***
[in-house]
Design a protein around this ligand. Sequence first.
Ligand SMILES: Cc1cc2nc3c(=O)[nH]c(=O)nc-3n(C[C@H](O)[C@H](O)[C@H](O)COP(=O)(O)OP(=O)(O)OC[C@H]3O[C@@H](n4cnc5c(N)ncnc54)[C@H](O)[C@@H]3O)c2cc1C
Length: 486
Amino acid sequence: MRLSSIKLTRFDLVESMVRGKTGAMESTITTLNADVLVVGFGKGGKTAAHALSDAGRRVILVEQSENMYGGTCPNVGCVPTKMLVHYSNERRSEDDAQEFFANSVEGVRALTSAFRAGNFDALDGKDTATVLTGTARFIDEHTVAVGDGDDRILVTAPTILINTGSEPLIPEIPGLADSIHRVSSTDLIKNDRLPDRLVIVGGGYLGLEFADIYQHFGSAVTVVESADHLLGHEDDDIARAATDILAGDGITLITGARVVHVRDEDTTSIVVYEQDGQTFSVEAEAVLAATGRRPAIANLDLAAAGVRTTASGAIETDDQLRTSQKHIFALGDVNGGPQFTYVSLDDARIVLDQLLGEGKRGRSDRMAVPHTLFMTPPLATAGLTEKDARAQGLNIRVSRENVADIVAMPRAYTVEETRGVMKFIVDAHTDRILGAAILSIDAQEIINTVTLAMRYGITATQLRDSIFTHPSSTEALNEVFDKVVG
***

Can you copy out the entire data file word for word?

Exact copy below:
[in-house]
Design a protein around this ligand. Sequence first.
Ligand SMILES: Cc1cc2nc3c(=O)[nH]c(=O)nc-3n(C[C@H](O)[C@H](O)[C@H](O)COP(=O)(O)OP(=O)(O)OC[C@H]3O[C@@H](n4cnc5c(N)ncnc54)[C@H](O)[C@@H]3O)c2cc1C
Length: 486
Amino acid sequence: MRLSSIKLTRFDLVESMVRGKTGAMESTITTLNADVLVVGFGKGGKTAAHALSDAGRRVILVEQSENMYGGTCPNVGCVPTKMLVHYSNERRSEDDAQEFFANSVEGVRALTSAFRAGNFDALDGKDTATVLTGTARFIDEHTVAVGDGDDRILVTAPTILINTGSEPLIPEIPGLADSIHRVSSTDLIKNDRLPDRLVIVGGGYLGLEFADIYQHFGSAVTVVESADHLLGHEDDDIARAATDILAGDGITLITGARVVHVRDEDTTSIVVYEQDGQTFSVEAEAVLAATGRRPAIANLDLAAAGVRTTASGAIETDDQLRTSQKHIFALGDVNGGPQFTYVSLDDARIVLDQLLGEGKRGRSDRMAVPHTLFMTPPLATAGLTEKDARAQGLNIRVSRENVADIVAMPRAYTVEETRGVMKFIVDAHTDRILGAAILSIDAQEIINTVTLAMRYGITATQLRDSIFTHPSSTEALNEVFDKVVG